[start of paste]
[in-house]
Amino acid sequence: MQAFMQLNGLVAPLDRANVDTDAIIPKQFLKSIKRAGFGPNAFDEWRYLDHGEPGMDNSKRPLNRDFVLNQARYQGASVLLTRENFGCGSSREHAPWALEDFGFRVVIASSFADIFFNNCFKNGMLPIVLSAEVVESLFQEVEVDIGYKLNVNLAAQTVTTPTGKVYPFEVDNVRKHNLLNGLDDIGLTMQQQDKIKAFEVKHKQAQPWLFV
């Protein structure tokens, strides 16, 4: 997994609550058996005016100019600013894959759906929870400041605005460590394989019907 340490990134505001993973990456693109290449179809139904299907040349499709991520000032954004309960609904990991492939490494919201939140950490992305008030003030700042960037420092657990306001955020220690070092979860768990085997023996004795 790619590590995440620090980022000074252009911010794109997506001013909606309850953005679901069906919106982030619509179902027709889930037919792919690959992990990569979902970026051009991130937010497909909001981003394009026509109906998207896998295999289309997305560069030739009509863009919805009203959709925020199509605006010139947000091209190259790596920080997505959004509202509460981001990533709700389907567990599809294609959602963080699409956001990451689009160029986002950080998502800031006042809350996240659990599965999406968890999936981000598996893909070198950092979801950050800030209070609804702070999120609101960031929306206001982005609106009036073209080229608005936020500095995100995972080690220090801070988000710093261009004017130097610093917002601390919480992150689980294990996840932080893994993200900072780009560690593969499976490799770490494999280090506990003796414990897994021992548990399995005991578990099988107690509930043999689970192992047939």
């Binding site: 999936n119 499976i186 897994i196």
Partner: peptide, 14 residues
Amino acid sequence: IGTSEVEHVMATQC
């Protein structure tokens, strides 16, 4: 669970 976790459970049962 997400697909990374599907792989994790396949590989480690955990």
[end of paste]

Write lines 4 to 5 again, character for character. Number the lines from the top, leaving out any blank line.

């Binding site: 999936n119 499976i186 897994i196």
Partner: peptide, 14 residues